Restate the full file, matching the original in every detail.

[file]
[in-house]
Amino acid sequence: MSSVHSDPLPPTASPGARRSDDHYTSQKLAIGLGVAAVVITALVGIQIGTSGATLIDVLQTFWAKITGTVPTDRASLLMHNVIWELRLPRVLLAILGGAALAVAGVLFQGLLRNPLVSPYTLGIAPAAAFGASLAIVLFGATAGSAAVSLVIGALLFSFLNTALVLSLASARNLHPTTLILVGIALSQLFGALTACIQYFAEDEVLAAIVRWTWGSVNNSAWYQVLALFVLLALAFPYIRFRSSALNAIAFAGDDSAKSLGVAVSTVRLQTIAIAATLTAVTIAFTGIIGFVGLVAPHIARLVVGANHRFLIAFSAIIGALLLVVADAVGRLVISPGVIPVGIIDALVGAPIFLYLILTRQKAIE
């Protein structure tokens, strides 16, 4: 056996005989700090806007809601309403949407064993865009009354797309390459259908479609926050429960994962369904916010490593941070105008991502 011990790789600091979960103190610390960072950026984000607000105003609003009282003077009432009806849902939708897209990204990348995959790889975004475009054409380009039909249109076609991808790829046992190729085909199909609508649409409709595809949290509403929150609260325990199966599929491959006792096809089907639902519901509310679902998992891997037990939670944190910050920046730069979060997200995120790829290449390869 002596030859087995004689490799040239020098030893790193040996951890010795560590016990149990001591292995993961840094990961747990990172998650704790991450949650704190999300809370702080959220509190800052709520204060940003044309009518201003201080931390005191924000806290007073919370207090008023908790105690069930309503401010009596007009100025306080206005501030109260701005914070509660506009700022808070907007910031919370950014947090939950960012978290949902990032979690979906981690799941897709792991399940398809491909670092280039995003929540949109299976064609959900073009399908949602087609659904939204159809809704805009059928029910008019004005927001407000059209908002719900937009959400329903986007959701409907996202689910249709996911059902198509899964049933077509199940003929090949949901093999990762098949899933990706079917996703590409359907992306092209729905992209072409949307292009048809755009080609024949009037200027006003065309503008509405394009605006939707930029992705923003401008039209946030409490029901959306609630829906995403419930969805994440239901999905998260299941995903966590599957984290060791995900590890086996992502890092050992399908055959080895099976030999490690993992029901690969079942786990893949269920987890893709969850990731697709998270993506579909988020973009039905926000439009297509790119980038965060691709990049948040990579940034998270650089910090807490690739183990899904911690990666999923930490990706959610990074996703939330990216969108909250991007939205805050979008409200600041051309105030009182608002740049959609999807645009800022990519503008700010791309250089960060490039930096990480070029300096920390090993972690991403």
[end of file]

[in-house]
Amino acid sequence: MSSVHSDPLPPTASPGARRSDDHYTSQKLAIGLGVAAVVITALVGIQIGTSGATLIDVLQTFWAKITGTVPTDRASLLMHNVIWELRLPRVLLAILGGAALAVAGVLFQGLLRNPLVSPYTLGIAPAAAFGASLAIVLFGATAGSAAVSLVIGALLFSFLNTALVLSLASARNLHPTTLILVGIALSQLFGALTACIQYFAEDEVLAAIVRWTWGSVNNSAWYQVLALFVLLALAFPYIRFRSSALNAIAFAGDDSAKSLGVAVSTVRLQTIAIAATLTAVTIAFTGIIGFVGLVAPHIARLVVGANHRFLIAFSAIIGALLLVVADAVGRLVISPGVIPVGIIDALVGAPIFLYLILTRQKAIE
């Protein structure tokens, strides 16, 4: 056996005989700090806007809601309403949407064993865009009354797309390459259908479609926050429960994962369904916010490593941070105008991502 011990790789600091979960103190610390960072950026984000607000105003609003009282003077009432009806849902939708897209990204990348995959790889975004475009054409380009039909249109076609991808790829046992190729085909199909609508649409409709595809949290509403929150609260325990199966599929491959006792096809089907639902519901509310679902998992891997037990939670944190910050920046730069979060997200995120790829290449390869 002596030859087995004689490799040239020098030893790193040996951890010795560590016990149990001591292995993961840094990961747990990172998650704790991450949650704190999300809370702080959220509190800052709520204060940003044309009518201003201080931390005191924000806290007073919370207090008023908790105690069930309503401010009596007009100025306080206005501030109260701005914070509660506009700022808070907007910031919370950014947090939950960012978290949902990032979690979906981690799941897709792991399940398809491909670092280039995003929540949109299976064609959900073009399908949602087609659904939204159809809704805009059928029910008019004005927001407000059209908002719900937009959400329903986007959701409907996202689910249709996911059902198509899964049933077509199940003929090949949901093999990762098949899933990706079917996703590409359907992306092209729905992209072409949307292009048809755009080609024949009037200027006003065309503008509405394009605006939707930029992705923003401008039209946030409490029901959306609630829906995403419930969805994440239901999905998260299941995903966590599957984290060791995900590890086996992502890092050992399908055959080895099976030999490690993992029901690969079942786990893949269920987890893709969850990731697709998270993506579909988020973009039905926000439009297509790119980038965060691709990049948040990579940034998270650089910090807490690739183990899904911690990666999923930490990706959610990074996703939330990216969108909250991007939205805050979008409200600041051309105030009182608002740049959609999807645009800022990519503008700010791309250089960060490039930096990480070029300096920390090993972690991403």